Our hunter-gatherer ancestors made use of every part of the animals from their hunts as successful hunts where rare and nothing could afford to be wasted. Bones were used to make broth but were also ground up and made into pastes and flours to add to other foods to create a type of bread.
The first broths were made using the stomach lining of the animal where bones, meat and water were placed in the stomach. Hot stones from the fire were used to heat the broth, creating the first soups and stews. The invention of the cooking pot allowed our ancestors to put the pot over the fire making it easier and more effective to make broth.
The art of making bone broth is being rediscovered and is even considered a superfood by many wellness advocates. The nutrients contained in broth has a lot to do with its revival. Bone broth contains many minerals such as calcium, phosphorus, sodium, magnesium and potassium. There are also amino acids, omega 3 and 6, vitamins A and K2 as well as iron, zinc, selenium, glucosamine and manganese.
With such a variety of nutrition and in a form the body can easily digest the health benefits are many and impressive. From being anti-inflammatory, to supporting joint and bone health, improving sleep patterns, supporting gut health and brain function. Bone broth is also an internal beauty product due to collagen that strengthens and encourages growth in both hair and nails and it helps smooth out wrinkles and gives you glowing younger-looking skin.
- Beef bone
- 2 or 3 chicken feet (optional)
- 2 or 3 tbsp cider vinegar
- 1 onion
- 1 bulb garlic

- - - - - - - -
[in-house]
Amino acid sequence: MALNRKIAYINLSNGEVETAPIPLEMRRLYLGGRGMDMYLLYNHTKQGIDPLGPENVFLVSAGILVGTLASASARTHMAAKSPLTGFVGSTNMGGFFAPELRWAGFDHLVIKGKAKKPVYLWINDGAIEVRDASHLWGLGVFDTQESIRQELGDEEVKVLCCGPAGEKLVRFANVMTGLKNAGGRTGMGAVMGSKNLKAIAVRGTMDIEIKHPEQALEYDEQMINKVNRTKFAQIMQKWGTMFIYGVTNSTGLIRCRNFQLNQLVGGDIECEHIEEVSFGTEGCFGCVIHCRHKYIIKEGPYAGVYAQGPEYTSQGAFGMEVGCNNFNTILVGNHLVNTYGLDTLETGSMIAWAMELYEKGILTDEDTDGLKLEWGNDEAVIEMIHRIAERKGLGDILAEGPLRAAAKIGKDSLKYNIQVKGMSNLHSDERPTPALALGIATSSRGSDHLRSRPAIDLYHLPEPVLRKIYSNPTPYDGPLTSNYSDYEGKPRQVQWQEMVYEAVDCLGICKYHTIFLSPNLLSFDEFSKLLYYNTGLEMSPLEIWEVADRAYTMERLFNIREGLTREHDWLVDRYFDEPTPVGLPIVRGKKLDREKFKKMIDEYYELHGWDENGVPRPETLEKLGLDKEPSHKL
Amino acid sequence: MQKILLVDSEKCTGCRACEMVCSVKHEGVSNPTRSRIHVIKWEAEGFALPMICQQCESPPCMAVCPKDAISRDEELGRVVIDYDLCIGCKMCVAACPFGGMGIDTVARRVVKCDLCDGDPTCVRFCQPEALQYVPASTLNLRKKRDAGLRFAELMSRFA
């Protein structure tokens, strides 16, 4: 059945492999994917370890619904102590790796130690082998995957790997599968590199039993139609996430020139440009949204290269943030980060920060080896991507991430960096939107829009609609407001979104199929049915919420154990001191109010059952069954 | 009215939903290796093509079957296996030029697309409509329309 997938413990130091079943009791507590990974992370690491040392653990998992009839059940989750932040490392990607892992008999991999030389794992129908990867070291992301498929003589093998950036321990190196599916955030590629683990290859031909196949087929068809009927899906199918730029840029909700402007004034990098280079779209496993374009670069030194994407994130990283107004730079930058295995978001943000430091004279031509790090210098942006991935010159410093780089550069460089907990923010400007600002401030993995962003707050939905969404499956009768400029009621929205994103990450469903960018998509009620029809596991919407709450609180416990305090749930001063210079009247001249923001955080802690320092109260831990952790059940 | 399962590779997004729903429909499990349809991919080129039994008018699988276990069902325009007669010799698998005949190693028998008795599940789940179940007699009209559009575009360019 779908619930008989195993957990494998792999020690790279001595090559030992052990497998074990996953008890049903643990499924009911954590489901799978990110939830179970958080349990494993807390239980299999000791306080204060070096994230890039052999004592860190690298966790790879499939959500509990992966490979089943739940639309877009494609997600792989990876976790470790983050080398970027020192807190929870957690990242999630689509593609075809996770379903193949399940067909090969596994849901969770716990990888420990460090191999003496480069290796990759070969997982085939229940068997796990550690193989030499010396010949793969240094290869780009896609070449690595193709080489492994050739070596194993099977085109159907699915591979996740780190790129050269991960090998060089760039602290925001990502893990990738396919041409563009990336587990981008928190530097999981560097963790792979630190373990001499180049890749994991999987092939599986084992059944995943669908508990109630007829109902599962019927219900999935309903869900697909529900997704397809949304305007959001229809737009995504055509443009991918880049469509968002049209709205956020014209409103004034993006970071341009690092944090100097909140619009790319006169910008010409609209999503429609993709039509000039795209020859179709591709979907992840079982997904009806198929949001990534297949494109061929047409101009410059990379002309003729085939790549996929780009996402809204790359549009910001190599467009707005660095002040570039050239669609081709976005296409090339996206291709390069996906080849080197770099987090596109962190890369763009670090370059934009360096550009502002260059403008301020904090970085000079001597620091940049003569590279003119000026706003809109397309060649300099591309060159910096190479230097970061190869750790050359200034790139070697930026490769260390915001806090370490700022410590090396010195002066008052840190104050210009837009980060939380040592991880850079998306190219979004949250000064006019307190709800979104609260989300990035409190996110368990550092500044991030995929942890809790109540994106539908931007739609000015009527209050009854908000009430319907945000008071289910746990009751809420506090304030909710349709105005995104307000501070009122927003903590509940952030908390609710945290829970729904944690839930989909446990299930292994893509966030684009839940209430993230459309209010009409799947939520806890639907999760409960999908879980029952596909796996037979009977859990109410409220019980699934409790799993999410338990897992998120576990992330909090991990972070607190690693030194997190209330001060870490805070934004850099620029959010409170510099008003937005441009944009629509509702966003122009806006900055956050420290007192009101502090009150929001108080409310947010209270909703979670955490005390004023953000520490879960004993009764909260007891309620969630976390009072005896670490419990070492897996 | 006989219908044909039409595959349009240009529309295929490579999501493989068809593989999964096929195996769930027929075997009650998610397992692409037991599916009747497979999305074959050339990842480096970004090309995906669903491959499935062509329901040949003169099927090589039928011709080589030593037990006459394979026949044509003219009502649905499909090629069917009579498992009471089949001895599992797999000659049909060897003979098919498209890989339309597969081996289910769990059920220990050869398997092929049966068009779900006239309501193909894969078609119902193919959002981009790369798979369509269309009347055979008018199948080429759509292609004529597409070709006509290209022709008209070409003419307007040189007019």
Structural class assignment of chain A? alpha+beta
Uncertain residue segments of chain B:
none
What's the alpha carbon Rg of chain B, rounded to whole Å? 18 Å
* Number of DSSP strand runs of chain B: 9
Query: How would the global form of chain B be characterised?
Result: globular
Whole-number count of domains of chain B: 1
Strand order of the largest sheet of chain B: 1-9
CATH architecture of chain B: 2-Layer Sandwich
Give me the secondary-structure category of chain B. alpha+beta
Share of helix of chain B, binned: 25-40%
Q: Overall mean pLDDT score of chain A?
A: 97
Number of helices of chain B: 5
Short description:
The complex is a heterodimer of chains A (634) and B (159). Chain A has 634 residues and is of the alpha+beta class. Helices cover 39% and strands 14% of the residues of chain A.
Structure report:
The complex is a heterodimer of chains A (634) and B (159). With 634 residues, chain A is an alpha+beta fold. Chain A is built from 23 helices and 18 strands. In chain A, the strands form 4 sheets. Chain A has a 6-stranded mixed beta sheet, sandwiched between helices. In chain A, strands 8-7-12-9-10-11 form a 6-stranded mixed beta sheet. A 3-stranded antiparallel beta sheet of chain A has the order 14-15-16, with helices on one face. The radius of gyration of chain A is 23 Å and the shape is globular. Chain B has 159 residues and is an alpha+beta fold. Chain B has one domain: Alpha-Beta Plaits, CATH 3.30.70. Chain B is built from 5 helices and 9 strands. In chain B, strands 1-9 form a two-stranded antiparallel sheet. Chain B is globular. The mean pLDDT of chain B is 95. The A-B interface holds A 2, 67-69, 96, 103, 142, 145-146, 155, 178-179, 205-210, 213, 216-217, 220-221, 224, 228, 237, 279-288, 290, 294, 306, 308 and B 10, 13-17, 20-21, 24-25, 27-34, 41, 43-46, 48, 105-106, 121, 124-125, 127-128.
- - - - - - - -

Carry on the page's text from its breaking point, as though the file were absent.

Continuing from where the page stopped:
- Whatever vegetables you have to hand
- Enough water to cover bones
- Salt (optional)
- Pepper (optional)
- Herbs and spices (optional)
Place the beef bones in a slow cooker and pour over with the cider vinegar. The vinegar helps to release the nutrients from the bones. Leave the vinegar to soak into the bones for about 30 minutes. Before adding the vinegar, the bones can be roasted in the oven for 30 minutes, this adds flavour to the final broth but it is not necessary.
Place all the other ingredients into the pot and cover with water. Adding chicken feet at this point helps give the broth a more gel-like texture.
Put the slow cooker on low heat. Cook the bones for at least 24 hours although you can leave them cooking for up to 48 hours. I find leaving them for longer than 24 hours allows the marrow in the bones more time to dissolve its nutrients into the liquid.
Once the bones are cooked strain and discard them. I store my broth in two ways – in jars in the fridge for use in cooking and in the freezer. To freeze my broth, I pour it into ice cube trays and once frozen I decant into freezer bags. This makes a ready supply of bone broth cubes that can be popped into a mug and topped up with boiling water for a warming drink.